Prakash and his brother became a part of this exercise.  After 6 months, the person with the vision backed off completely and she was left to take care of these kids with no funds.  It became very difficult and they had to let them go.  She told me that after a few weeks, her younger brother saw Prakash and his brother begging at the monastery and was moved and pleaded with her to take them in again.  Because of the lack of funding she refused.  But after seeing them herself she took them in.   She spoke very casually and calmly with no air of desperation around her, although i could hear from the slight tension in her voice that she was emotional.  She told me that Prakash keeps running away and some nights she has to pay a taxi driver to take her around town to look for him. She said that it is heartbreaking. All the while Prakash stands there listening to the conversation and smiling.  I was surprised to hear all of this and was moved by her story.  I could see from her occasional glances at Prakash, that she loved the boy very much.  She told me she feels attached to this boy now and does not know how to help him.  That it has been a few days since she last saw him.  She then turns to him and looks at his pants (which was very dirty and torn) She then asks her younger brother to take Prakash upstairs.  We continue talking and 10 minutes later they come back down with Prakash cleaned up and a new pair of pants and a jacket.

I could see that this Didi was sincere.  That this was what she had chosen to devote her life to.  That they had little means.  That they were very generous with what they had.  She told me that she had some errands to run and asked if she could excuse herself.  I also had to go.  I took Prakash with me.  I asked him why he ran away.  He told me that there was a teacher in the school that would beat him up constantly.  I believed him.  I asked him if he was going to school currently.  He told me no.  I was very troubled.  The didi also mentioned that his parents did not seem to care for their children's future.  That it suited them better if their kids would beg with them.  I have seen Prakash begging with his mum on many school days.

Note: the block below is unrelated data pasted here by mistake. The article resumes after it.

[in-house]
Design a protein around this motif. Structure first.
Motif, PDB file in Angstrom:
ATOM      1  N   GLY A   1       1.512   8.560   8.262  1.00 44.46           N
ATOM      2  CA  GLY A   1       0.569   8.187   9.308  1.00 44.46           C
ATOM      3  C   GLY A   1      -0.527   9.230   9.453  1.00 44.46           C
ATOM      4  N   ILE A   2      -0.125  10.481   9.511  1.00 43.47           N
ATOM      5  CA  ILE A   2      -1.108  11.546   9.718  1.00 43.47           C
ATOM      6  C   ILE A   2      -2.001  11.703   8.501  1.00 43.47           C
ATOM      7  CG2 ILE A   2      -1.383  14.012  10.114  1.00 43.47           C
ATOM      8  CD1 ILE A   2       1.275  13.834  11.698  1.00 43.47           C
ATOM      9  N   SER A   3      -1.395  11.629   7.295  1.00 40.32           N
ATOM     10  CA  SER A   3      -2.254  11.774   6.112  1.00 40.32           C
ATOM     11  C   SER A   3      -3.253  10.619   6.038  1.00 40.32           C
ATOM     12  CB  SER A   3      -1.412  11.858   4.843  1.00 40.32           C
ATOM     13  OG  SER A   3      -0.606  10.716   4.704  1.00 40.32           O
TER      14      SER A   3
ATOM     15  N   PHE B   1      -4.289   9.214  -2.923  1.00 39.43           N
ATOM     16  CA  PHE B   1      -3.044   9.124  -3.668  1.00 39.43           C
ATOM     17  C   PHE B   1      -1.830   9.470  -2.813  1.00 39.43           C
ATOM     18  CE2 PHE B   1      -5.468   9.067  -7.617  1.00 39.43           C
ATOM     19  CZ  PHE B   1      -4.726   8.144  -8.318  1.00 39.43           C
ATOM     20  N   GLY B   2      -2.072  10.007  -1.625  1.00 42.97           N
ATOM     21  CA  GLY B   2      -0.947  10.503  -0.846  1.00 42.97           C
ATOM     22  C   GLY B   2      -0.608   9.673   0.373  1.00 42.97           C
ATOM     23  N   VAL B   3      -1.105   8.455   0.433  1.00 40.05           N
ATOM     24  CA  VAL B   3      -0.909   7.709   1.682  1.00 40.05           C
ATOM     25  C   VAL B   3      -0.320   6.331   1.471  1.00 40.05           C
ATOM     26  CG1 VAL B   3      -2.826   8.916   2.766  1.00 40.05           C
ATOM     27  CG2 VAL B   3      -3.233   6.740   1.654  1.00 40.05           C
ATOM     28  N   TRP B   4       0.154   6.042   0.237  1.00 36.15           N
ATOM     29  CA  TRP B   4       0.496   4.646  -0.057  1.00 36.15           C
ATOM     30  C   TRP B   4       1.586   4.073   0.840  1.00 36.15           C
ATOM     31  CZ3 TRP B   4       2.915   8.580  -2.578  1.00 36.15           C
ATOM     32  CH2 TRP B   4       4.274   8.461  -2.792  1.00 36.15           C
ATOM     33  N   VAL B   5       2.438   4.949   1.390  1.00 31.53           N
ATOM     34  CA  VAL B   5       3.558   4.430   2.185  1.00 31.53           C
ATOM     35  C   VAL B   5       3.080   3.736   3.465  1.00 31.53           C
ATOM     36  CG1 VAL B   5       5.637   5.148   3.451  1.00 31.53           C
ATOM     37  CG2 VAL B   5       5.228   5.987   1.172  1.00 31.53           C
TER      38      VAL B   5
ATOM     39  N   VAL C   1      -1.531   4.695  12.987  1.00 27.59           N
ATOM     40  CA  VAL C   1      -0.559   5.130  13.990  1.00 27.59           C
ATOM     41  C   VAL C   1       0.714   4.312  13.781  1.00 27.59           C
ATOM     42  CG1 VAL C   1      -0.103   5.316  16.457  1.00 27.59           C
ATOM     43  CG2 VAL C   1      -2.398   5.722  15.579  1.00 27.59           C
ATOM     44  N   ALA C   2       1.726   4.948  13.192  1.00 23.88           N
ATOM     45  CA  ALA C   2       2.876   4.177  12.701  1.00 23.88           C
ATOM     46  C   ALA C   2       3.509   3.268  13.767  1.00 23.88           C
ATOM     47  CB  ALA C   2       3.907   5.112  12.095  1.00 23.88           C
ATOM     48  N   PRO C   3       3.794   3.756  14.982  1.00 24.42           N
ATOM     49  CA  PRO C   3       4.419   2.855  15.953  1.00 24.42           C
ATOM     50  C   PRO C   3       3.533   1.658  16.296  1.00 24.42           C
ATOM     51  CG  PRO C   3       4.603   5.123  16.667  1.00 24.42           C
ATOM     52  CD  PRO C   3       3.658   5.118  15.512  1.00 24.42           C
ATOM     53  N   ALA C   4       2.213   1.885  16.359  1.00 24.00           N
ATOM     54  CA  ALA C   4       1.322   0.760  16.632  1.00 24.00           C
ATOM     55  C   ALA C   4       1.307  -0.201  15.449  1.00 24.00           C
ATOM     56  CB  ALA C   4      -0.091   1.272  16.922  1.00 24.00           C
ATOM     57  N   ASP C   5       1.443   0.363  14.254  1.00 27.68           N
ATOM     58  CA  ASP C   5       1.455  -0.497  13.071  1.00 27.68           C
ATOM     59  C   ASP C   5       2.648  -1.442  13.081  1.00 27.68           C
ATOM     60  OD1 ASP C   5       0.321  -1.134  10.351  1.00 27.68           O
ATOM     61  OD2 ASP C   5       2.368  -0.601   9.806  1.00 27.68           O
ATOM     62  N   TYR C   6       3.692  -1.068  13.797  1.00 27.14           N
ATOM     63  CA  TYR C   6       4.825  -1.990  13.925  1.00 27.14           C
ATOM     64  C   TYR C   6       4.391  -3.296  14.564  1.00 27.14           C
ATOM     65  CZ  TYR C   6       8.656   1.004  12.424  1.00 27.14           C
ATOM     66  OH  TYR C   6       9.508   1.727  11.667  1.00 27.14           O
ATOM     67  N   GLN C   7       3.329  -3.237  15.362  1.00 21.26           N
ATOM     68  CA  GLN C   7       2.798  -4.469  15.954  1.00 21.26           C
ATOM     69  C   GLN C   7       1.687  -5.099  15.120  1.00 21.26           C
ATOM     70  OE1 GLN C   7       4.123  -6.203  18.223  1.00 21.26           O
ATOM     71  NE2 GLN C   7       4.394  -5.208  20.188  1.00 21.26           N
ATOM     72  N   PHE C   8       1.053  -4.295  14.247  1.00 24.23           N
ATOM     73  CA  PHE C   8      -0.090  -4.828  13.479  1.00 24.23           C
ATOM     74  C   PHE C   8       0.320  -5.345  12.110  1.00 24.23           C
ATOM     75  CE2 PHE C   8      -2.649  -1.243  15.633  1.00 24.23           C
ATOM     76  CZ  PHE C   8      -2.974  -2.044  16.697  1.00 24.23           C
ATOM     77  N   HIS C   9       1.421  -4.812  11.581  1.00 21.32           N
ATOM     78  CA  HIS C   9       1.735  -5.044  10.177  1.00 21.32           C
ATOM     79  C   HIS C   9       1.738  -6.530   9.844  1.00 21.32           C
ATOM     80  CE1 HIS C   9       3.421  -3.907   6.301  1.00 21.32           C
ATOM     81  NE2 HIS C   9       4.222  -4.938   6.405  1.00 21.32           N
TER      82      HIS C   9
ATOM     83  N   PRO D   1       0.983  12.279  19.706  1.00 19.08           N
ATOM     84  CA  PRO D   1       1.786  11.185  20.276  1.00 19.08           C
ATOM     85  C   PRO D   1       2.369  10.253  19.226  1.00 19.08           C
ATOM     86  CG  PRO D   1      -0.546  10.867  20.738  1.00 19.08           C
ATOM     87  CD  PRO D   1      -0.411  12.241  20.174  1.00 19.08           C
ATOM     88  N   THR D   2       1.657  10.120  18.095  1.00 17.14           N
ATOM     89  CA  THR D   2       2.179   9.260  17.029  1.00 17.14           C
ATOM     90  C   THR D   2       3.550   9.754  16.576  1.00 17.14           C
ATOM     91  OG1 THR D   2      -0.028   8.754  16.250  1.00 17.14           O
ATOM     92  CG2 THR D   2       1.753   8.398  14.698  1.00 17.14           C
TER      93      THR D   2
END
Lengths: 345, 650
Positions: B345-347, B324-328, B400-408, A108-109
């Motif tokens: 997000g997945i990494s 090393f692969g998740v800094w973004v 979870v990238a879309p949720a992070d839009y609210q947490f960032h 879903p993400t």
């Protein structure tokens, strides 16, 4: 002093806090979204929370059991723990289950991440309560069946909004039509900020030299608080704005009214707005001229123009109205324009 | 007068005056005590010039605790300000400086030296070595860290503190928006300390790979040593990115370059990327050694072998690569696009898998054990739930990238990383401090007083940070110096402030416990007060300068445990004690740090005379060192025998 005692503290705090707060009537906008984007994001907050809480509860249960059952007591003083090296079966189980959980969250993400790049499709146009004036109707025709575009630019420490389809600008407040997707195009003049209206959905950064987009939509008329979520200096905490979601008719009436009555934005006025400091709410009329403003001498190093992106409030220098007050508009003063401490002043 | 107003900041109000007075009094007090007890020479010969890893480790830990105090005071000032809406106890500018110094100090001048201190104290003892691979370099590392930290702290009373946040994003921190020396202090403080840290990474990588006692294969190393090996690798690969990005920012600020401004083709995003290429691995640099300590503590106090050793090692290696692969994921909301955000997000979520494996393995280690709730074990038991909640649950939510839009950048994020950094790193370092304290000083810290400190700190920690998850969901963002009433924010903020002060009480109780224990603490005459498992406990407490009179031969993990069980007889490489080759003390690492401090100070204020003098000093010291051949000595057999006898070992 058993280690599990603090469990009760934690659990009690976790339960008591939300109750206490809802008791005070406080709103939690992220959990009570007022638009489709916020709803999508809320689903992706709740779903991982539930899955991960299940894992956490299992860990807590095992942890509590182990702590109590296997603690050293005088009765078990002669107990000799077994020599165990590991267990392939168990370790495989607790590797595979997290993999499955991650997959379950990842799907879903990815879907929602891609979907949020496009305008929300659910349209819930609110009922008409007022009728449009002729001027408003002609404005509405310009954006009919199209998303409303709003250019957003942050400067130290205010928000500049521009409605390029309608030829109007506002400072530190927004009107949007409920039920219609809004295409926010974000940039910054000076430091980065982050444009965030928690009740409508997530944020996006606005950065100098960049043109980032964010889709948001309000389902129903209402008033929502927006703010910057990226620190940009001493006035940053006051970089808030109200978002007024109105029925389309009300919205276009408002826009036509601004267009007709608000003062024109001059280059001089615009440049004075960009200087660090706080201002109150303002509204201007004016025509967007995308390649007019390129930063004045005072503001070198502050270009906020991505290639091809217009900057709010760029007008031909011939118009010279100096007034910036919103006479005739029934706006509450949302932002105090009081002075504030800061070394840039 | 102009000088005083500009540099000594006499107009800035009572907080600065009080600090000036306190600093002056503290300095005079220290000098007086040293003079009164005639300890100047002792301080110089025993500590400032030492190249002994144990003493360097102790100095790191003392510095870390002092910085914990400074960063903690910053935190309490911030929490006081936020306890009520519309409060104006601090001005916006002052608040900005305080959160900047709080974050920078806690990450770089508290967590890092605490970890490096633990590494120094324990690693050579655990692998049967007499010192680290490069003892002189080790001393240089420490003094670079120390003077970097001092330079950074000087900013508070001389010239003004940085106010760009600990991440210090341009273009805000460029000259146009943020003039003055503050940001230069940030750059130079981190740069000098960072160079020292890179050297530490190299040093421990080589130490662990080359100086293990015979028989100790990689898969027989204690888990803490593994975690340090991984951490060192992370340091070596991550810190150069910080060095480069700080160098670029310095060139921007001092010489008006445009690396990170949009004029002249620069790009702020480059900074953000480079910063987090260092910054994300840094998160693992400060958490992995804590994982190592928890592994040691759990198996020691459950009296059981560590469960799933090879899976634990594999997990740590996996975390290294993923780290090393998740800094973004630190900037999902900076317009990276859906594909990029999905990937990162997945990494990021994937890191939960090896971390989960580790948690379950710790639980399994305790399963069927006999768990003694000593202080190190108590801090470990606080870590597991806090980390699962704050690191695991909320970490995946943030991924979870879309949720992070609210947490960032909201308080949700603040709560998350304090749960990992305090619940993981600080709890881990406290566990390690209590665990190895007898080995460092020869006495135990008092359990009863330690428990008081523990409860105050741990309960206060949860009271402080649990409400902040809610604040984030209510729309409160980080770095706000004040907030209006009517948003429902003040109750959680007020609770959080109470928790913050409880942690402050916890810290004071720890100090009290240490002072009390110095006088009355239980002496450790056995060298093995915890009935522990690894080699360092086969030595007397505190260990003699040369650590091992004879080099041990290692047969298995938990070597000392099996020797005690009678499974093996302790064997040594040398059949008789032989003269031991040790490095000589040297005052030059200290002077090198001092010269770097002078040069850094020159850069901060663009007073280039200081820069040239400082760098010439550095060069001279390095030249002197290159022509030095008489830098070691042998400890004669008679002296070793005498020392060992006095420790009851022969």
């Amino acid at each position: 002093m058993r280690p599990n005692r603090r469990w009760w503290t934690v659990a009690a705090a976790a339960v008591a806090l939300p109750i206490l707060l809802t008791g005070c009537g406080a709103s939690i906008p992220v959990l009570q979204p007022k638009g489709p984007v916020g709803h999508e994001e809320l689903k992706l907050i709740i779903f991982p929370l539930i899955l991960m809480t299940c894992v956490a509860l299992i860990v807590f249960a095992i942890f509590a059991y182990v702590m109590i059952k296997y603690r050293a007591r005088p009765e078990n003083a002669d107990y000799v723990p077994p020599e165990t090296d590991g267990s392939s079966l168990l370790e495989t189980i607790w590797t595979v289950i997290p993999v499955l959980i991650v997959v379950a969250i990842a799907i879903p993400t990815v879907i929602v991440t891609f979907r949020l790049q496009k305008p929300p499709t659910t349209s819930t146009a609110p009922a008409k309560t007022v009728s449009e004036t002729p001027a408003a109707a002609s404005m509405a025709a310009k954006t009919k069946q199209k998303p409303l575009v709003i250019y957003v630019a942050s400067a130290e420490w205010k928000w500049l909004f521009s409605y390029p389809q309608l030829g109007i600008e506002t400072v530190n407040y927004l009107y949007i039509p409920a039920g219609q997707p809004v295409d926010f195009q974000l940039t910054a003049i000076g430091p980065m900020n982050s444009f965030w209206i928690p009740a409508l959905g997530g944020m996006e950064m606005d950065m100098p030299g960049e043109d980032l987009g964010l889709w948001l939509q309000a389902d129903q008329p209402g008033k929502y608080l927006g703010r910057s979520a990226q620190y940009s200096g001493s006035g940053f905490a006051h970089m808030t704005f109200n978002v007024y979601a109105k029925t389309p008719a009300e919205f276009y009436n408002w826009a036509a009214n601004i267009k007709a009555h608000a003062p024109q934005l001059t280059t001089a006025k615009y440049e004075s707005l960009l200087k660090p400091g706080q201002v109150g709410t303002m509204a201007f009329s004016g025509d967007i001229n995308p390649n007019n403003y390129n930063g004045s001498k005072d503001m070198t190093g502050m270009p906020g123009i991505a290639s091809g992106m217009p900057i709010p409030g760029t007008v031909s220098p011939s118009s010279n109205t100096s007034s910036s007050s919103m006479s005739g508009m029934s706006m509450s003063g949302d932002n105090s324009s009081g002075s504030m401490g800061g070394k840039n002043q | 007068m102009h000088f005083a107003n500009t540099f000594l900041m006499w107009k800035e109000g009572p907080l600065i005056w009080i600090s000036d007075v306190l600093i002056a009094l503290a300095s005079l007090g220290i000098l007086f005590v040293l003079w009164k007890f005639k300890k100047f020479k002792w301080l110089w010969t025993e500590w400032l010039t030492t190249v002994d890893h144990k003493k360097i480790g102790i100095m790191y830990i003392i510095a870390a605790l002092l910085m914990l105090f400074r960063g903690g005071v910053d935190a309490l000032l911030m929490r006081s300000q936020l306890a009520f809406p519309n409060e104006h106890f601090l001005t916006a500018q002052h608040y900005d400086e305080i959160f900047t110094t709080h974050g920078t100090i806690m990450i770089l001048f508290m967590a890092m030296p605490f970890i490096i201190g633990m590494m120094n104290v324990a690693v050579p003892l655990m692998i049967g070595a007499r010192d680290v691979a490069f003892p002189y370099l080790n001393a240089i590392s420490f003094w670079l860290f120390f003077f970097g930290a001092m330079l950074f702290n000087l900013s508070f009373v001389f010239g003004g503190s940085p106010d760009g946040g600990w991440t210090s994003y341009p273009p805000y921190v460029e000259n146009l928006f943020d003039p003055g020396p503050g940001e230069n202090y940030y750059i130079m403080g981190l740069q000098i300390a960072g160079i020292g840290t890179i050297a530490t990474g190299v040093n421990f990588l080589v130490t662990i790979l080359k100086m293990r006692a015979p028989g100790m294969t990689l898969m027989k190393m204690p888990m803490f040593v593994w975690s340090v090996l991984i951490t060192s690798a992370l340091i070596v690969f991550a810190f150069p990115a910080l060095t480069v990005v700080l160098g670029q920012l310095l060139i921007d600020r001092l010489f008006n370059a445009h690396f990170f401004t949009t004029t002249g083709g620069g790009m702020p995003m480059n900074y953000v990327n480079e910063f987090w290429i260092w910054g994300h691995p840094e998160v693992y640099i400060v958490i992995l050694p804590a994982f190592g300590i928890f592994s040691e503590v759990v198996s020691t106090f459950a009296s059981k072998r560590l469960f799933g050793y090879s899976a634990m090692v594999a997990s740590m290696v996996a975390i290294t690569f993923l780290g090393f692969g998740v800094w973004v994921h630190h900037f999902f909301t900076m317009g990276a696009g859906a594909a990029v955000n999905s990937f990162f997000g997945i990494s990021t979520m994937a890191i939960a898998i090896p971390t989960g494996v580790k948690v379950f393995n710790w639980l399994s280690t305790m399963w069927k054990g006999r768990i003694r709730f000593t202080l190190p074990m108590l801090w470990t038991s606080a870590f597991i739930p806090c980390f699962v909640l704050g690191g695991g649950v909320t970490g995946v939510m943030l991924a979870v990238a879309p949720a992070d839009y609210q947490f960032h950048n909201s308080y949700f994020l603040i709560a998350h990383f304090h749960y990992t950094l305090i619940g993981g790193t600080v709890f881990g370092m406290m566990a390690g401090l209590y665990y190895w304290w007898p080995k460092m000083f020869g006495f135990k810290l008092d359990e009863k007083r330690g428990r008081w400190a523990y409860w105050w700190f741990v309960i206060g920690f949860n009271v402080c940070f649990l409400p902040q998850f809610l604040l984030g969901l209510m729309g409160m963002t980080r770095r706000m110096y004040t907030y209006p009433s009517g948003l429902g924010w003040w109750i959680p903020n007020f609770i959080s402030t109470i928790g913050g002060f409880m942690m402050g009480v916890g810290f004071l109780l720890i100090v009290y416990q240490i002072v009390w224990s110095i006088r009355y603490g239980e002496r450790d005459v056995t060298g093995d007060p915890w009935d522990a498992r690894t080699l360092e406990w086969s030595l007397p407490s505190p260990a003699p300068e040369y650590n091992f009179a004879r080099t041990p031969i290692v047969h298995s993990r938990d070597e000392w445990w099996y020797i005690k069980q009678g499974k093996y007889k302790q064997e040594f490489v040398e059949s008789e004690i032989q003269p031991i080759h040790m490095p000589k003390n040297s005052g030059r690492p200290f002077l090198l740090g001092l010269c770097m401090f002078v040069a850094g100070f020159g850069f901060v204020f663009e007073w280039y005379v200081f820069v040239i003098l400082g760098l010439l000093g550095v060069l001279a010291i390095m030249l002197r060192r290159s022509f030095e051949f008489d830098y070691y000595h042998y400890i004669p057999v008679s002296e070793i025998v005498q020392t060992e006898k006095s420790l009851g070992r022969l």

Prakash and his mom

We went back home.  We went past the bicycle store.  I asked for the costs.  The cheapest bike available cost Rs5000 (R500)  I asked him if he had a second hand bike.  He brought out a bicycle that looked old and worn. He said he would fix it for me and charge Rs2000. (R200) We went to Boudha main gate.  I said goodbye to him.  I told him i would see him tomorrow.  I thought about Prakash and his schooling.  I thought about the Didi and her situation.  I was very troubled by the information at hand.

Bicycle for Prakash being fixed at store

Here are some facts about the average Nepalese family of five members:
Money needed: Rs8000 (R800) per month
Rent:  Rs 3000 (R300)  They live in a single room in a flat.  Shared bathroom and toilet outside.
Food:  Rs 2000 to Rs 3000
This is an example of Babita's family.(My former English student)  According to her, they are middle class.

Prakash and his mom pay Rs 1000 for rent.  Most times he is severely undernourished and gets sick quite often because of this.  According to Didi he has been smoking, taking glue and hashish in the past.  I spoke with him and he told me that he had stopped these activities.  I had a conversation with a man named Ram Hari who runs an orphanage called Indreni Childrens home here in Nepal.  He met with Prakash and told me that he will try and help put him into a school.  I will follow up with him in a few days.  I still dont know what the best thing is for Prakash.  I am hoping to be able to assist in the best way possible.

I have many friends like Prakash and i know of many families here who are constantly in need.  I am working with 3 orphanages in particular that could benefit from outside help.  I am not in a position financially to help all the time as i am not earning a salary.  If you would like to help in any way then please let me know.

Tuesday, February 23, 2010

Dilgo Khyentse Rinpoche (1910-1991) was one of the great luminaries of Tibetan Buddhism in the twentieth century. He was a highly realized and accomplished master dedicated to the transmission and preservation of Tibet's spiritual legacy and a principle teacher of the Dalai Lama.

February 20th to 22nd marked the centennial celebrations of Dilgo Khyentse Rinpoche.  (Rinpoche meaning "Precious One") I was fortunate to attend the start of the celebrations here in Kathmandu.  Here are some pictures and a video.